Palatial residences in the midst of squalor

Casmir Igbokwe

First published in SUNDAY PUNCH, Dec. 13, 2009

 These are not the best of times for Nigeria. For almost three weeks now, our President, Umaru Yar’Adua, has been in a Saudi hospital. Surrounded by unofficial secret act about the true state of his health, Nigerians have resorted to permutations, rumours, lies and half truths to explain the circumstances of his ill-health. The refrain has been, “Yar’Adua will return next week; Yar’Adua will not return this year; Vice-President Goodluck Jonathan is not the acting president; no the VP is in charge; northern leaders back Yar’Adua; North shops for Yar’Adua’s successor…”

Amid these confusing signals, the nation remains like a plane without a pilot. There is no clear direction where we are going as a nation. Are we deregulating or still regulating the downstream sector of the oil industry? Should we or should we not expect 6000MW of electricity by end of December? Will the contractors handling our various road projects deliver soon or will they collect money and disappear without any sanctions? How do we create jobs for the teeming unemployed even when companies are relocating to other countries and new ones are afraid to invest? These and many more questions demand truthful answers and decisive actions from a purposeful leadership. But what confronts Nigerians daily is a potpourri of ludicrous actions and utterances that propel them into half-hearted prayers and other mumbo-jumbo.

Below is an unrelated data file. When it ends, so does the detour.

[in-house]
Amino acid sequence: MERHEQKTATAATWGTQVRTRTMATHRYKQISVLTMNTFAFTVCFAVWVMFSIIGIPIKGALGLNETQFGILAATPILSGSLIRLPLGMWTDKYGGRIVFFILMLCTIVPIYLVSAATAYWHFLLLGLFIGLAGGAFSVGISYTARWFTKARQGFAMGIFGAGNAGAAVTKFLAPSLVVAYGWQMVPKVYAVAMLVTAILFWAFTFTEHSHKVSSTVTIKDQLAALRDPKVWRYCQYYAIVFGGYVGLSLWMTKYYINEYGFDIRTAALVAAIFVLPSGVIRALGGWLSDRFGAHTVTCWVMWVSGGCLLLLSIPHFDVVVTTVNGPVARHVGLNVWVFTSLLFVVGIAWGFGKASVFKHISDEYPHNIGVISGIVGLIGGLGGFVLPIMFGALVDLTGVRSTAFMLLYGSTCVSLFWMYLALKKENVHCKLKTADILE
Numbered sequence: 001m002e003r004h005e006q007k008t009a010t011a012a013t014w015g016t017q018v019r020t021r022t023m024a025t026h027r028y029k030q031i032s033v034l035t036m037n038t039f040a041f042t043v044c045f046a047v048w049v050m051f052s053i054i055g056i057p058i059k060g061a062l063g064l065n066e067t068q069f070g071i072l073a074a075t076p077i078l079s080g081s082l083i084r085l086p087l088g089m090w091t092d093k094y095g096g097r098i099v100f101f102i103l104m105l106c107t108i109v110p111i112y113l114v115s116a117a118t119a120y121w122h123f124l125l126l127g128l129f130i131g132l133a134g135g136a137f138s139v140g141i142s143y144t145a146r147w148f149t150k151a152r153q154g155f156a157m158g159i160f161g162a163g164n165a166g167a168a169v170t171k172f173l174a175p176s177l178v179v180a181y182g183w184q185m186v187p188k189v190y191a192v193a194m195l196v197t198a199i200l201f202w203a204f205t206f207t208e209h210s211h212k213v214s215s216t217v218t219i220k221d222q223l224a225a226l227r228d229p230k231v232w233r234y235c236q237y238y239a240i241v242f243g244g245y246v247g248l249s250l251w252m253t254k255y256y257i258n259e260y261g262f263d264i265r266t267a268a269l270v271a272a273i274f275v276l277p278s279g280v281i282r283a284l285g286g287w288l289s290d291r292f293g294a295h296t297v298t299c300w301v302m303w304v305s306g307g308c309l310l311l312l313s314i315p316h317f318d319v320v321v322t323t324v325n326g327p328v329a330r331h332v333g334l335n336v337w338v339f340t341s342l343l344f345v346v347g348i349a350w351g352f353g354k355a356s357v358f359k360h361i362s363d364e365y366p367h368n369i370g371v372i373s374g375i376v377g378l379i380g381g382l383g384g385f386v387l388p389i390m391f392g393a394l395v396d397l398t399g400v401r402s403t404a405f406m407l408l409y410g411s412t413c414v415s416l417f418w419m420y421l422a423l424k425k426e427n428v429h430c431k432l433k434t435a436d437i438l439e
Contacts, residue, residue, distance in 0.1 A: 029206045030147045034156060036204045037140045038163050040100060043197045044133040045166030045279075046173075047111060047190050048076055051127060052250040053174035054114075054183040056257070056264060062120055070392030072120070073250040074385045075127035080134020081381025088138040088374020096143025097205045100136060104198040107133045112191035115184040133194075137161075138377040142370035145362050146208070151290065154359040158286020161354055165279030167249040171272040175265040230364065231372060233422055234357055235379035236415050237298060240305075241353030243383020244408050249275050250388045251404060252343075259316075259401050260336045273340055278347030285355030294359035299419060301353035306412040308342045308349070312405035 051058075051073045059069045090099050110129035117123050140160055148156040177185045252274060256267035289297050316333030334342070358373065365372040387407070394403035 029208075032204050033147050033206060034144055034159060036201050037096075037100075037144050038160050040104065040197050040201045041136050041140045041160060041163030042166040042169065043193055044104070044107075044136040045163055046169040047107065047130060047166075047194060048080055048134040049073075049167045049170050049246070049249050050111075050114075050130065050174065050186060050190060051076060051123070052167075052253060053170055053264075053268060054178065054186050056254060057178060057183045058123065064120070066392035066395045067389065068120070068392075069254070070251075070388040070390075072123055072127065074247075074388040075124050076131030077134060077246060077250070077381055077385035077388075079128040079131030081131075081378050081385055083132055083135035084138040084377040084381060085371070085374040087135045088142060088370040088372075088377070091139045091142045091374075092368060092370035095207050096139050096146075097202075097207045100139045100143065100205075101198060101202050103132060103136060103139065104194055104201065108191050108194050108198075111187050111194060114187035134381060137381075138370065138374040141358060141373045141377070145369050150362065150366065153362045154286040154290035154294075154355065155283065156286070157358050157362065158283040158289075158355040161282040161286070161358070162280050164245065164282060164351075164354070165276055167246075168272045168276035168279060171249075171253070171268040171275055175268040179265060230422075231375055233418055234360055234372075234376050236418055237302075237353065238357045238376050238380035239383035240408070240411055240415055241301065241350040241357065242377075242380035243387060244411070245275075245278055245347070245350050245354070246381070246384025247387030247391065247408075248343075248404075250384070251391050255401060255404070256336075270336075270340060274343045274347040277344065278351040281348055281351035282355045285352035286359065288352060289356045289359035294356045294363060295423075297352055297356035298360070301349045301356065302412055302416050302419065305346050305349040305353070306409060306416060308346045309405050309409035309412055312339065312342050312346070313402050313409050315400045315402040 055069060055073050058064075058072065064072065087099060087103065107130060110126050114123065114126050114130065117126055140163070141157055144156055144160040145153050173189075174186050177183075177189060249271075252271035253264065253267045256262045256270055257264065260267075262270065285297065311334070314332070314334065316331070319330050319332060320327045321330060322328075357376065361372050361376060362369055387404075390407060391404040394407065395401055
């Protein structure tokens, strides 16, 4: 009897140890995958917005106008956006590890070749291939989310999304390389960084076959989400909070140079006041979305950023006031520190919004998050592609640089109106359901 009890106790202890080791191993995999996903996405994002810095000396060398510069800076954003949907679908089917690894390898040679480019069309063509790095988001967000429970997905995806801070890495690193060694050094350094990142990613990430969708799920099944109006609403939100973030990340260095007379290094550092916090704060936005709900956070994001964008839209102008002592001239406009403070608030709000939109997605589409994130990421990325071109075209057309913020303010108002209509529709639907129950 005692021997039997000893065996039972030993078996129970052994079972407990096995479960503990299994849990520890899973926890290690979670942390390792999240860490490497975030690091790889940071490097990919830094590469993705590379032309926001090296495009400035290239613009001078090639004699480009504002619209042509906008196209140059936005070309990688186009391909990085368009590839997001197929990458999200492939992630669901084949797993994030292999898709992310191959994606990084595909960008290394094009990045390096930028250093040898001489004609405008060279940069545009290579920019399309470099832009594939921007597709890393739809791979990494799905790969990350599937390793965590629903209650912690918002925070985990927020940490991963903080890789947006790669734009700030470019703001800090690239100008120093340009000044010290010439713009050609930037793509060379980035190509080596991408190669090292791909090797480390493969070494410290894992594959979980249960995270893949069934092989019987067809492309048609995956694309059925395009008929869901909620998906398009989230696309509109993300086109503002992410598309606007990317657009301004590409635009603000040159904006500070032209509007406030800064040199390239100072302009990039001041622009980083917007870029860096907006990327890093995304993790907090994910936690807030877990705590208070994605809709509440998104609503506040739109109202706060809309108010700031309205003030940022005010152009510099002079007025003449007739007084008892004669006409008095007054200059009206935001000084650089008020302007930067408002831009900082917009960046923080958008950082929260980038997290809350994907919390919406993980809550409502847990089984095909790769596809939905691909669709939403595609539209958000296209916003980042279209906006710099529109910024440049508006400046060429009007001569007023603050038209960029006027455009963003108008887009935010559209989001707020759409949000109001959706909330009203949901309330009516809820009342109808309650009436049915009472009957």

Let me make my points clear. Media reports last week indicated that the Federal Capital Territory administration was planning to build new residences for the Vice-President, the Senate President, the Speaker of the House of Representatives and their deputies. At the completion of the buildings, the four presiding officers of the National Assembly are expected to relocate to Maitama District Extension of Abuja from Apo Legislators’ Quarters. According to reports, the sum of N1.5bn has already been budgeted for the design and construction of the residences. That of the Vice-President is expected to gulp N2bn.

Apparently to convince Nigerians that he has the general interest of the country at heart, the FCT Minister, Adamu Aliero, further told the Senate Committee on FCT that invited him to defend his 2010 budget, that he would build a five-star hospital in Abuja. This is to take care of public officials who go to foreign hospitals whenever they are sick.

Ordinarily, there is no problem if, for any reason, the powers that be decide to build new palaces or state of the art hospitals to take care of their high taste. But the pertinent question is, is this the right time to do that? Just as Aliero was reportedly making his plans known, a Human Development Report released by the United Nations Development Programme in Abuja noted that the number of poor Nigerians doubled in the last 30 years. Oxfam International estimates that out of about 140 million Nigerians, over 53 million wake up every morning not knowing where the next meal will come from.